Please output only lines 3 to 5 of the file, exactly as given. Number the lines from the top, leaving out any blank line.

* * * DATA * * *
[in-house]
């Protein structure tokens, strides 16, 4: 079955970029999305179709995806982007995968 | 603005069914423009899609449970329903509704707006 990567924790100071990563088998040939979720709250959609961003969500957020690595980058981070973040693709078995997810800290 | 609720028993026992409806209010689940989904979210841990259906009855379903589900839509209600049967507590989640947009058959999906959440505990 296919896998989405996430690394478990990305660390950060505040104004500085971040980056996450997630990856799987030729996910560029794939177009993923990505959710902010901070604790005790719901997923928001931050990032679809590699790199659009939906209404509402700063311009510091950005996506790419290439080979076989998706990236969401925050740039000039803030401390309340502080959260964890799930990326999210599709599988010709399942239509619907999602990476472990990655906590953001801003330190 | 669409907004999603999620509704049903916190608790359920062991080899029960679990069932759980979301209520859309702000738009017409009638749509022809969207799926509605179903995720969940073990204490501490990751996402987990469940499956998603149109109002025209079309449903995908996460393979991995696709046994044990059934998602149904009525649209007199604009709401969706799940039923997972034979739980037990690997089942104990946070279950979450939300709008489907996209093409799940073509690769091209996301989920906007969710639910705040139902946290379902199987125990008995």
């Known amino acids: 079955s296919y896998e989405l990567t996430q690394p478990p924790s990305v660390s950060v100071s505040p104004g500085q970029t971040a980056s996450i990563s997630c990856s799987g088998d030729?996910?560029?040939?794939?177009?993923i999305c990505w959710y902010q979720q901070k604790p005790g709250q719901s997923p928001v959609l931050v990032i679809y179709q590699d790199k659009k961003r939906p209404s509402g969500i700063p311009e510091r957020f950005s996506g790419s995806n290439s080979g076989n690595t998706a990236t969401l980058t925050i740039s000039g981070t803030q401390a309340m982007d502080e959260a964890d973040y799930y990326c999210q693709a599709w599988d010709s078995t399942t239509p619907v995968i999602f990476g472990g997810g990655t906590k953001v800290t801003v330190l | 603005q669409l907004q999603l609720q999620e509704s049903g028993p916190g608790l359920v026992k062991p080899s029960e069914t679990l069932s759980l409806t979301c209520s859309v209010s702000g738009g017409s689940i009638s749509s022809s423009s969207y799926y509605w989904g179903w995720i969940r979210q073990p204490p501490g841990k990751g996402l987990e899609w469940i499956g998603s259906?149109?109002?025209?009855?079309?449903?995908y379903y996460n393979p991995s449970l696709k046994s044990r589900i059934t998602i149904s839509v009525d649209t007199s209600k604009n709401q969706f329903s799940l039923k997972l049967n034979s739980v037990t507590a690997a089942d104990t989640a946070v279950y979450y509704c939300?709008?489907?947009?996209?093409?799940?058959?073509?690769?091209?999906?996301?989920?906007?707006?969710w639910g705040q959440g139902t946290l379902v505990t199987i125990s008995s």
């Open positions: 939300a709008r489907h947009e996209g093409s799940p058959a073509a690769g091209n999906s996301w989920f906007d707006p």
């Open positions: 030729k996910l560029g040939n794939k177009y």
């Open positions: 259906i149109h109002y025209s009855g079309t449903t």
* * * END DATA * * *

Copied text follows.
């Known amino acids: 079955s296919y896998e989405l990567t996430q690394p478990p924790s990305v660390s950060v100071s505040p104004g500085q970029t971040a980056s996450i990563s997630c990856s799987g088998d030729?996910?560029?040939?794939?177009?993923i999305c990505w959710y902010q979720q901070k604790p005790g709250q719901s997923p928001v959609l931050v990032i679809y179709q590699d790199k659009k961003r939906p209404s509402g969500i700063p311009e510091r957020f950005s996506g790419s995806n290439s080979g076989n690595t998706a990236t969401l980058t925050i740039s000039g981070t803030q401390a309340m982007d502080e959260a964890d973040y799930y990326c999210q693709a599709w599988d010709s078995t399942t239509p619907v995968i999602f990476g472990g997810g990655t906590k953001v800290t801003v330190l | 603005q669409l907004q999603l609720q999620e509704s049903g028993p916190g608790l359920v026992k062991p080899s029960e069914t679990l069932s759980l409806t979301c209520s859309v209010s702000g738009g017409s689940i009638s749509s022809s423009s969207y799926y509605w989904g179903w995720i969940r979210q073990p204490p501490g841990k990751g996402l987990e899609w469940i499956g998603s259906?149109?109002?025209?009855?079309?449903?995908y379903y996460n393979p991995s449970l696709k046994s044990r589900i059934t998602i149904s839509v009525d649209t007199s209600k604009n709401q969706f329903s799940l039923k997972l049967n034979s739980v037990t507590a690997a089942d104990t989640a946070v279950y979450y509704c939300?709008?489907?947009?996209?093409?799940?058959?073509?690769?091209?999906?996301?989920?906007?707006?969710w639910g705040q959440g139902t946290l379902v505990t199987i125990s008995s």
């Open positions: 939300a709008r489907h947009e996209g093409s799940p058959a073509a690769g091209n999906s996301w989920f906007d707006p």
């Open positions: 030729k996910l560029g040939n794939k177009y």